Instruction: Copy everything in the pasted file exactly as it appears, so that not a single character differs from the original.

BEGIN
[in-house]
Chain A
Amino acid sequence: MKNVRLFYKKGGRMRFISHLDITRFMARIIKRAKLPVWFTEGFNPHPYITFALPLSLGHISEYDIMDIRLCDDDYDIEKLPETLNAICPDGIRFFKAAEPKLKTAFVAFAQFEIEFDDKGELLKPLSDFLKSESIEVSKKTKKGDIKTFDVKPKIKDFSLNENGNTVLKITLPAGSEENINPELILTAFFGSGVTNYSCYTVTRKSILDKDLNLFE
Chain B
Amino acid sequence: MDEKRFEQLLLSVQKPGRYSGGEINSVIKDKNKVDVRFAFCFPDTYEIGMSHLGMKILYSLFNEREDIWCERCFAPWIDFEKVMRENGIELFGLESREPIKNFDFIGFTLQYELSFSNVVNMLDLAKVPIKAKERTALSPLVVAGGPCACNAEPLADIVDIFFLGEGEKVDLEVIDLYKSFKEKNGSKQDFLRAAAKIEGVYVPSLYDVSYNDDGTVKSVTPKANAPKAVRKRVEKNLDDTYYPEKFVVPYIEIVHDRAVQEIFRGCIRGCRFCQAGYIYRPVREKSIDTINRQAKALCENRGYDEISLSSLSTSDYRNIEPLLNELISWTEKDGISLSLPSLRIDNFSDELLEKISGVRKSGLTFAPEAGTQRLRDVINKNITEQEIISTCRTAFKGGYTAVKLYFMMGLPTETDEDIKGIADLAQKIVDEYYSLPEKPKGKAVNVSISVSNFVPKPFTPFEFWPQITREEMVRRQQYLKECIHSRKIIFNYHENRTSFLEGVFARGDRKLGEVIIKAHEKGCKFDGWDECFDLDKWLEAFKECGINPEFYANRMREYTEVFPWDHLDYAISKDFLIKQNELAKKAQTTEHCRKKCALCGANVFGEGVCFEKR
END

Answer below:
[in-house]
Chain A
Amino acid sequence: MKNVRLFYKKGGRMRFISHLDITRFMARIIKRAKLPVWFTEGFNPHPYITFALPLSLGHISEYDIMDIRLCDDDYDIEKLPETLNAICPDGIRFFKAAEPKLKTAFVAFAQFEIEFDDKGELLKPLSDFLKSESIEVSKKTKKGDIKTFDVKPKIKDFSLNENGNTVLKITLPAGSEENINPELILTAFFGSGVTNYSCYTVTRKSILDKDLNLFE
Chain B
Amino acid sequence: MDEKRFEQLLLSVQKPGRYSGGEINSVIKDKNKVDVRFAFCFPDTYEIGMSHLGMKILYSLFNEREDIWCERCFAPWIDFEKVMRENGIELFGLESREPIKNFDFIGFTLQYELSFSNVVNMLDLAKVPIKAKERTALSPLVVAGGPCACNAEPLADIVDIFFLGEGEKVDLEVIDLYKSFKEKNGSKQDFLRAAAKIEGVYVPSLYDVSYNDDGTVKSVTPKANAPKAVRKRVEKNLDDTYYPEKFVVPYIEIVHDRAVQEIFRGCIRGCRFCQAGYIYRPVREKSIDTINRQAKALCENRGYDEISLSSLSTSDYRNIEPLLNELISWTEKDGISLSLPSLRIDNFSDELLEKISGVRKSGLTFAPEAGTQRLRDVINKNITEQEIISTCRTAFKGGYTAVKLYFMMGLPTETDEDIKGIADLAQKIVDEYYSLPEKPKGKAVNVSISVSNFVPKPFTPFEFWPQITREEMVRRQQYLKECIHSRKIIFNYHENRTSFLEGVFARGDRKLGEVIIKAHEKGCKFDGWDECFDLDKWLEAFKECGINPEFYANRMREYTEVFPWDHLDYAISKDFLIKQNELAKKAQTTEHCRKKCALCGANVFGEGVCFEKR